He is well-known to most Chinese and to many educated Asians. But Hu Yaobang, the head of China's Communist Party, is not widely recognized in the region because he has long been in the shadow of his better known mentor, Deng Xiaoping, China's foremost leader, and because much of what he did remained out of the public eye until a few years ago.

Now in less than a week, Hu, a short man with an expansive style, has swept through Australia, captured this vast country in a public relations triumph and established himself as a statesman, at least with the Australians.

In his first trip to a western nation, Hu, the heir apparent to Deng, came across as "strong, outgoing and colorful," according to an adviser to Australia's Prime Minister Robert Hawke.

Another of China's top leaders, Premier Zhao Ziyang, made a successful trip to Australia in 1983. But Zhao came across to Australians as a slick, confident technocrat, one Australian said. Hu, from a poor peasant family, projected a common touch that pleased Australians, and, according to one who was in a meeting with Hu, the Chinese leader demolished "the old myth of the inscrutable Oriental," which lingers here despite Australia's close ties with China and Japan.

Hu has assumed enormous political importance on China's political scene. Deng is now 80 and Hu, at 69, is his chosen successor. What Hu, with his senior colleagues, decides in the next few years will determine whether the current pragmatic approach to economic reform and open-door foreign policy toward the West will continue.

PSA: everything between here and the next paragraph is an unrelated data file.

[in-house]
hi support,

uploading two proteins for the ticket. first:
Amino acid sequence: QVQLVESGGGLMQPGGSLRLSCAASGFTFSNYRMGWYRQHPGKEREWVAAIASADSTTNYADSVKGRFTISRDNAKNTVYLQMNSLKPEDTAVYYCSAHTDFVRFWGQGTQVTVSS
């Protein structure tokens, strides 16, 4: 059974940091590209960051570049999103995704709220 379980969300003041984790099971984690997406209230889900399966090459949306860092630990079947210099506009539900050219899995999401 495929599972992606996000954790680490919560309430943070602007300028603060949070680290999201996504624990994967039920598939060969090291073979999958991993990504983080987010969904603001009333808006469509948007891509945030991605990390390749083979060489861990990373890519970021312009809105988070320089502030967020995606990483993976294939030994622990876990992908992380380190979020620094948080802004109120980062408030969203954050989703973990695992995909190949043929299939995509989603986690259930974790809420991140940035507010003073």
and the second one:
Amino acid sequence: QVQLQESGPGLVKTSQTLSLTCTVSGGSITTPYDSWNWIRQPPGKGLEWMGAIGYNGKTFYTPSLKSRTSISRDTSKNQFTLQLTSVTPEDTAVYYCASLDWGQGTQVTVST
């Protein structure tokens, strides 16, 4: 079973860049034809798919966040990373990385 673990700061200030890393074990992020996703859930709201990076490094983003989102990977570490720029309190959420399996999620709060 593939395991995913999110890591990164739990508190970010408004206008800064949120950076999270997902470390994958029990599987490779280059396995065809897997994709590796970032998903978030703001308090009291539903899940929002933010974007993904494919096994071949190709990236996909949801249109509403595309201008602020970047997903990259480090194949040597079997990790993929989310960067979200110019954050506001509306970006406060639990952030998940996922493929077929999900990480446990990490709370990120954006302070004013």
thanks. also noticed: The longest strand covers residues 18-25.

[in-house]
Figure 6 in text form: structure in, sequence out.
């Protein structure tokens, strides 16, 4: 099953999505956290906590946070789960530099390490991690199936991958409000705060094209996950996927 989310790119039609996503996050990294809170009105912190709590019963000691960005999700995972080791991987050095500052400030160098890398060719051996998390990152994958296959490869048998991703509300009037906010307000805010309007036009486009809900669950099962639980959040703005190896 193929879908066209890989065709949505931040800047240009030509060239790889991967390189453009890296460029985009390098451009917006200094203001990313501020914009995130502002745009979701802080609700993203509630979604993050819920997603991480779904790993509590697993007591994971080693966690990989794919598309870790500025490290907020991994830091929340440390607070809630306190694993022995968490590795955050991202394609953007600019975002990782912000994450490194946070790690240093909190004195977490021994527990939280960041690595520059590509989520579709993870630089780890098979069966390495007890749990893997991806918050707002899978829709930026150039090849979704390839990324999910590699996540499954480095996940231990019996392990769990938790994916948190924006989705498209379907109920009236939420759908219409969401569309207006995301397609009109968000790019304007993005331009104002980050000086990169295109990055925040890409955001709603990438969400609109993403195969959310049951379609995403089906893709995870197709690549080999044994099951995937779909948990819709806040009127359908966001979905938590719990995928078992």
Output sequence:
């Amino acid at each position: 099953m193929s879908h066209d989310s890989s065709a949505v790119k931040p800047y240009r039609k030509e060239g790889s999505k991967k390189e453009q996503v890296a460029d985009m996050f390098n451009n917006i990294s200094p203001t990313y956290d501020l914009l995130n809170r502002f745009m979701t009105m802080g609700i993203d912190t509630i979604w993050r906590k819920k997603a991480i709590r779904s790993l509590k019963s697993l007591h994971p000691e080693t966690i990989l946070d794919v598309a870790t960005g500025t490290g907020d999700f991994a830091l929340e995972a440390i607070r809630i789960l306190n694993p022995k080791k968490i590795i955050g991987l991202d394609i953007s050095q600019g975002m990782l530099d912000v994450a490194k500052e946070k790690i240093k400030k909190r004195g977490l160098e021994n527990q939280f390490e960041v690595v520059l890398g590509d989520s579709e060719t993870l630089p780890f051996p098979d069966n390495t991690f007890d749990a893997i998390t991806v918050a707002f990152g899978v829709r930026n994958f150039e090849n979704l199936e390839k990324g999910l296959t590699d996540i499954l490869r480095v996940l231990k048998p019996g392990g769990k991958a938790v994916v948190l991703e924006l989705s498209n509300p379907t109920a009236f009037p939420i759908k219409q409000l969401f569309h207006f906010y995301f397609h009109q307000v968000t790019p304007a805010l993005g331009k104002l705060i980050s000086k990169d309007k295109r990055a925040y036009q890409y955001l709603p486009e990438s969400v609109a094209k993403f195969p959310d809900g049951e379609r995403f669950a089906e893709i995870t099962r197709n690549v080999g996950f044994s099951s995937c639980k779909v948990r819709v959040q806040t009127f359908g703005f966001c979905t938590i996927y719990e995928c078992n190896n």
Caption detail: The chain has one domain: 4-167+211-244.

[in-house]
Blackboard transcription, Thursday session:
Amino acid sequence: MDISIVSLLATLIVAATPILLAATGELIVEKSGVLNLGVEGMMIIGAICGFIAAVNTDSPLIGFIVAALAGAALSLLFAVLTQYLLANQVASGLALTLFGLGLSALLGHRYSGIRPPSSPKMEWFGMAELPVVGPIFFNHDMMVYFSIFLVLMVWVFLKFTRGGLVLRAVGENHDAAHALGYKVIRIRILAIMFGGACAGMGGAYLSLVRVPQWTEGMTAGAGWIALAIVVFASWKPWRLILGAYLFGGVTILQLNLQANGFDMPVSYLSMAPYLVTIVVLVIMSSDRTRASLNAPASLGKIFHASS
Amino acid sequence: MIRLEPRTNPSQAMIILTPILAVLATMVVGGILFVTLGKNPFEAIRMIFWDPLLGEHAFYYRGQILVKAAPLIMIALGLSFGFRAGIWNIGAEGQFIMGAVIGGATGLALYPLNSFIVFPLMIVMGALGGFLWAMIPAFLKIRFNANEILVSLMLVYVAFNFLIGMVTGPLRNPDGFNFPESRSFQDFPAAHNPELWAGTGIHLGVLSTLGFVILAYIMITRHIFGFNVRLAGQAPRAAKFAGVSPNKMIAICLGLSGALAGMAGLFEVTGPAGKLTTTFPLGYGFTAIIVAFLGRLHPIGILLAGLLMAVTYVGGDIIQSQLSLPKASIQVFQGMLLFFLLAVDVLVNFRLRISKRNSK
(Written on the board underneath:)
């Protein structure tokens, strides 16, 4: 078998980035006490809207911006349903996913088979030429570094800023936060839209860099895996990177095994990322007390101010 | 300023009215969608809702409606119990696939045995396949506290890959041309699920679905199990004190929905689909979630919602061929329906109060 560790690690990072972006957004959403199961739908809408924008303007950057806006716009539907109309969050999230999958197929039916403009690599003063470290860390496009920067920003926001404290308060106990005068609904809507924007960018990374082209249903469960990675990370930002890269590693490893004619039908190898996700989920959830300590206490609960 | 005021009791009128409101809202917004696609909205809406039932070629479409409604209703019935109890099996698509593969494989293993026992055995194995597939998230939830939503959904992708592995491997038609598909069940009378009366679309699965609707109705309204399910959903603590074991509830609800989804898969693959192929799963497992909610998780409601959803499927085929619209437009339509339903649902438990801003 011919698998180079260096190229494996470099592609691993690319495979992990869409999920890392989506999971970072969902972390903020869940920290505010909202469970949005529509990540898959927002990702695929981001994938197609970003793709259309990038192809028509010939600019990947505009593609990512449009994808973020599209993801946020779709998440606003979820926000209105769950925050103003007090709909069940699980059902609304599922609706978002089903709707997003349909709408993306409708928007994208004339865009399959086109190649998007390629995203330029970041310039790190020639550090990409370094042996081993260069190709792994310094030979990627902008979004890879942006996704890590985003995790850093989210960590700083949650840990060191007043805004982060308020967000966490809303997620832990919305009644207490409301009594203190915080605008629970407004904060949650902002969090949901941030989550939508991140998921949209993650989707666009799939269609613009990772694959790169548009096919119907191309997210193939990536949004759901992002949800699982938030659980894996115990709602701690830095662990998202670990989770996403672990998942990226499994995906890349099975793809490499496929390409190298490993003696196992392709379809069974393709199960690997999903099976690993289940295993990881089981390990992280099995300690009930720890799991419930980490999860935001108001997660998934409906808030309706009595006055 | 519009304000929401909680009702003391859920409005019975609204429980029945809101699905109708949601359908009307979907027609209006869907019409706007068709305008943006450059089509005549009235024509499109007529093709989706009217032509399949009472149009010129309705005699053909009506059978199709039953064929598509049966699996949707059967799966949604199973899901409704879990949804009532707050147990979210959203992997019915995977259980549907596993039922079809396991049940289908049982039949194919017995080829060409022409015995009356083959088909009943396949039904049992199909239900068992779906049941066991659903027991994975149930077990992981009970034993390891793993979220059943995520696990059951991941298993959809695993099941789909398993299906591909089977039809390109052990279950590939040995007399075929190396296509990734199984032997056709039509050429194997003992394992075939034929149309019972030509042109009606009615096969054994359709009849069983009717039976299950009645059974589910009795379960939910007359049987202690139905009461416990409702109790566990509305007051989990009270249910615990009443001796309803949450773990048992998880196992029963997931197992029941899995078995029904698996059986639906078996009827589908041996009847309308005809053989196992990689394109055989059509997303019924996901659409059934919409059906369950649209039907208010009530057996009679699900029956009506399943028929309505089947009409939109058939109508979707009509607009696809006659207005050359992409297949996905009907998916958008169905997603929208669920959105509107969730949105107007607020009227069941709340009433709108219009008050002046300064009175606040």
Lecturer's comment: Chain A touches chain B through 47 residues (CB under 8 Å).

Together with Premier Zhao, Hu is responsible for the day-to-day supervision of the Communist Party and government bureaucracies. But among many Chinese, Hu has yet to establish an image as a strong leader. Although Hu's quips and arm-waving may not play as well in Peking as they did here, overseas visits such as this one are likely to improve his image back home.

One of Hu's main tasks has been to rehabilitate victims of purges and revitalize a Communist Party that lost much of its prestige during the disastrous Cultural Revolution of 1966 to 1976. He is one of the key leaders involved in recruiting younger people into the party and easing them into top positions in preparation for a special party conference on a leadership reshuffle scheduled for September.

Australian experts are aware of China's power struggle and Hu's need to consolidate his base. But as the considered successor, he has demonstrated staying power.

In 1983, Hu made a highly publicized trip to Japan, his first one outside the communist world. During that trip, however, Hu made it sound as though an exchange of top-level visits between China and the United States might be canceled but later had his comments corrected in the official Chinese press.

Before he left Peking for an eight-day visit to Australia and New Zealand, Hu's remarks about a U.S. port call to China again generated controversy when he told foreign journalists that the United States had agreed not to send nuclear-armed vessels. China since has stepped back from that position and issued a statement that conventionally powered vessels may call without mentioning whether the vessels would be armed with nuclear weapons.